|Hoyt & Roberts, comps. Hoyts New Cyclopedia of Practical Quotations. 1922.|
|She walks the waters like a thing of life,|
And seems to dare the elements to strife.
ByronThe Corsair. Canto I. St. 3.
|She bears her down majestically near,|
Speed on her prow, and terror in her tier.
ByronThe Corsair. Canto III. St. 15.
|For why drives on that ship so fast,|
Without or wave or wind?
The air is cut away before,
And closes from behind.
| A strong norwesters blowing, Bill;|
Hark! dont ye hear it roar now?
Lord help em, how I pities them
Unhappy folks on shore, now.
Charles DibdenSailors Consolation. Attributed to Pitt (song writer) and Hood.
|The true ship is the ship builder.|
EmersonEssays. Of History.
|For she is such a smart little craft,|
Such a neat little, sweet little craft
Such a bright little,
Trim little, slim little craft!
W. S. GilbertRuddigore.
|A great ship asks deep waters.|
| The wooden wall alone should remain unconquered.|
Herodotus. VII. 141. Relating the second reply of the Pythian Oracle to the Athenians. B.C. 480. Themistocles interpreted this to mean the ships. See GroteHistory of Greece, quoted in TimbsCuriosities of History. NeposThemistocles.
|Ships that sailed for sunny isles,|
But never came to shore.
Thos. Kibble HerveyThe Devils Progress.
|Morn on the waters, and purple and bright|
Bursts on the billows the flushing of light.
Oer the glad waves, like a child of the sun,
See the tall vessel goes gallantly on.
Thomas Kibble HerveyThe Convict Ship.
| Being in a ship is being in a jail, with the chance of being drowned.|
Samuel JohnsonBoswells Life of Johnson. (1759).
|Lord, Thou hast made this world below the shadow of a dream.|
An, taught by time, I tak it soexceptin always steam.
From coupler-flange to spindle-guide I see thy Hand, O God
Predestination in the stride o yon connectin-rod.
|The Liner shes a lady, an she never looks nor eeds|
The Man-o-Wars er usband an e gives er all she needs;
But, oh, the little cargo-boats, that sail the wet seas roun,
Theyre just the same as you an me, a-plyin up an down.
KiplingThe Liner Shes a Lady.
|Her plates are scarred by the sun, dear lass,|
And her ropes are taut with the dew,
For were booming down on the old trail, our own trail, the out trail.
Were sagging south on the Long Trail, the trail that is always new.
KiplingLEnvoi. Theres a Whisper down the Field.
|Build me straight, O worthy Master!|
Staunch and strong, a goodly vessel
That shall laugh at all disaster,
And with wave and whirlwind wrestle!
LongfellowBuilding of the Ship. L. 1.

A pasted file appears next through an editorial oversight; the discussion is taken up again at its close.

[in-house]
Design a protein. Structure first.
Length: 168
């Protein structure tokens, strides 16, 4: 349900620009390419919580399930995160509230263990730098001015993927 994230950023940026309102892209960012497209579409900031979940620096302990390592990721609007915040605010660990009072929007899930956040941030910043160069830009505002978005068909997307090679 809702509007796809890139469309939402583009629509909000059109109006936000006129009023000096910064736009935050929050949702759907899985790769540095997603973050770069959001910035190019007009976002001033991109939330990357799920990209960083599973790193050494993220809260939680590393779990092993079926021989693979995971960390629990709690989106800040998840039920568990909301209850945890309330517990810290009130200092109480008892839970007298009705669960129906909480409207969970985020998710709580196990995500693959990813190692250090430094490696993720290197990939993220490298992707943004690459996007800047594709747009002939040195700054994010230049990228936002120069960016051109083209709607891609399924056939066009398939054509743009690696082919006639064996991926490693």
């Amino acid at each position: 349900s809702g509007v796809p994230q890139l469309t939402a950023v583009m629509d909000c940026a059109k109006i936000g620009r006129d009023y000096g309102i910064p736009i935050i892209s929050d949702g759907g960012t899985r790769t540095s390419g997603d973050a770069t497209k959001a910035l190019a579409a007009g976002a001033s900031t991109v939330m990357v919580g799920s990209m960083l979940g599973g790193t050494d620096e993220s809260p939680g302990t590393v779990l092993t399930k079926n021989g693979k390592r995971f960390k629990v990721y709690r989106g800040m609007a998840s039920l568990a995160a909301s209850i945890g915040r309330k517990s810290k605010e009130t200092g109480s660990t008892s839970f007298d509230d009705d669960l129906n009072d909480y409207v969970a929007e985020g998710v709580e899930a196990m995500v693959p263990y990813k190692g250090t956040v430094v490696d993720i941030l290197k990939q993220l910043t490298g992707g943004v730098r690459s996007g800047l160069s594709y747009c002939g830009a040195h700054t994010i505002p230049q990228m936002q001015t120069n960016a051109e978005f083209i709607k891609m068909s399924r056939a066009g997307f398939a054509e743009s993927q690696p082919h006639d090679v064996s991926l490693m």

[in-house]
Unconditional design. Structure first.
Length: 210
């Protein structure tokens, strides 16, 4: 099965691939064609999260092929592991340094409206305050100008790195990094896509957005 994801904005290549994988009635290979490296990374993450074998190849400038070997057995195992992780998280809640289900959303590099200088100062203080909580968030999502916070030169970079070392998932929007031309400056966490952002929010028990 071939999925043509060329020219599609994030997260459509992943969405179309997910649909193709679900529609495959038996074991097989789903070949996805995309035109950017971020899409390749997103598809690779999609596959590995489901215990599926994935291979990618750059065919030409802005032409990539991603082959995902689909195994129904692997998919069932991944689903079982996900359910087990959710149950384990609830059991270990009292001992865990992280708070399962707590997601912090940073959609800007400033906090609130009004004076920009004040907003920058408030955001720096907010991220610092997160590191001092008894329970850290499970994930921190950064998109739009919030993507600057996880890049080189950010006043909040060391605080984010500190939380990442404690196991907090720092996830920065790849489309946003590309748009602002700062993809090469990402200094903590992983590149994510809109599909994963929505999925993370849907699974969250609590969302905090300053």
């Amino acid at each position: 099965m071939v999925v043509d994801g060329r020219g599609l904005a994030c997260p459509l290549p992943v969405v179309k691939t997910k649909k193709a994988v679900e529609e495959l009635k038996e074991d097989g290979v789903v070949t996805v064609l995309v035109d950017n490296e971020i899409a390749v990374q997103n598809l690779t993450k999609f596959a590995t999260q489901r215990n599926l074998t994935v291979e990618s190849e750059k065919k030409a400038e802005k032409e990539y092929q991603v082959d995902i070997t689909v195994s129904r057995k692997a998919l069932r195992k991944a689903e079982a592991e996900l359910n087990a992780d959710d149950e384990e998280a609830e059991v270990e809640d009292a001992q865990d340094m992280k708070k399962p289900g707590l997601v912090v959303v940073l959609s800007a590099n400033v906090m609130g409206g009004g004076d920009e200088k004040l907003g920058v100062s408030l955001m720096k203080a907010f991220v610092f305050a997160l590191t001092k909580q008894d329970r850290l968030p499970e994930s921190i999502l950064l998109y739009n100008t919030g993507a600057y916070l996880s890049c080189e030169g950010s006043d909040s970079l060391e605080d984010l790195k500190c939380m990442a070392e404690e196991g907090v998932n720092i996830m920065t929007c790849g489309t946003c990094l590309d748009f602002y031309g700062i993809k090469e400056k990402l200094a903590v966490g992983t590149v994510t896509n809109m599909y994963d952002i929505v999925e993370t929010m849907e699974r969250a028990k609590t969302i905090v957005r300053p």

|Theres not a ship that sails the ocean,|
But every climate, every soil,
Must bring its tribute, great or small,
And help to build the wooden wall!
LongfellowBuilding of the Ship. L. 66.
| And the wind plays on those great sonorous harps, the shrouds and masts of ships.|
LongfellowHyperion. Bk. I. Ch. VII.
|Like ships that have gone down at sea,|
When heaven was all tranquillity.
MooreLalla Rookh. The Light of the Harem.
| They that go down to the sea in ships, that do business in great waters.|
Psalms. CVII. 23.
|And let our barks across the pathless flood|
Hold different courses.
ScottKenilworth. Ch. XXIX. Introductory verses.
|She comes majestic with her swelling sails,|
The gallant Ship: along her watery way,
Homeward she drives before the favouring gales;
Now flirting at their length the streamers play,
And now they ripple with the ruffling breeze.
|The barge she sat in, like a burnishd throne,|
Burnd on the water: the poop was beaten gold;
Purple the sails, and so perfumed that
The winds were love-sick with them: the oars were silver,
Which to the tune of flutes kept stroke, and made
The water which they beat to follow faster,
As amorous of their strokes.
Antony and Cleopatra. Act II. Sc. 2. L. 196.
| It would have been as though he [Pres. Johnson] were in a boat of stone with masts of steel, sails of lead, ropes of iron, the devil at the helm, the wrath of God for a breeze, and hell for his destination.|
Emory A. StorrsSpeech in Chicago, about 18656, when President Johnson threatened to imitate Cromwell and force Congress with troops to adjourn. As reported in the Chicago Tribune.
|And the stately ships go on|
To their haven under the hill.
TennysonBreak, Break, Break. St. 3.
|Ships, dim discoverd, dropping from the clouds.|
ThomsonThe Seasons. Summer. L. 946.
|Whoever you are, motion and reflection are especially for you,|
The divine ship sails the divine sea for you.
Walt WhitmanSong of the Rolling Earth. 2.
|Speed on the ship;But let her bear|
No merchandise of sin,
No groaning cargo of despair
Her roomy hold within;
No Lethean drug for Eastern lands,
Nor poison-draught for ours;
But honest fruits of toiling hands
And Natures sun and showers.
|If all the ships I have at sea|
Should come a-sailing home to me,
Ah, well! the harbor would not hold
So many ships as there would be
If all my ships came home from sea.
Ella Wheeler WilcoxMy Ships. From Poems of Passion.
|One ship drives East, and one drives West,|
By the selfsame wind that blows;
Its the set of the sails, and not the gales,
Which determines the way it goes.
Ella Wheeler WilcoxWinds of Fate.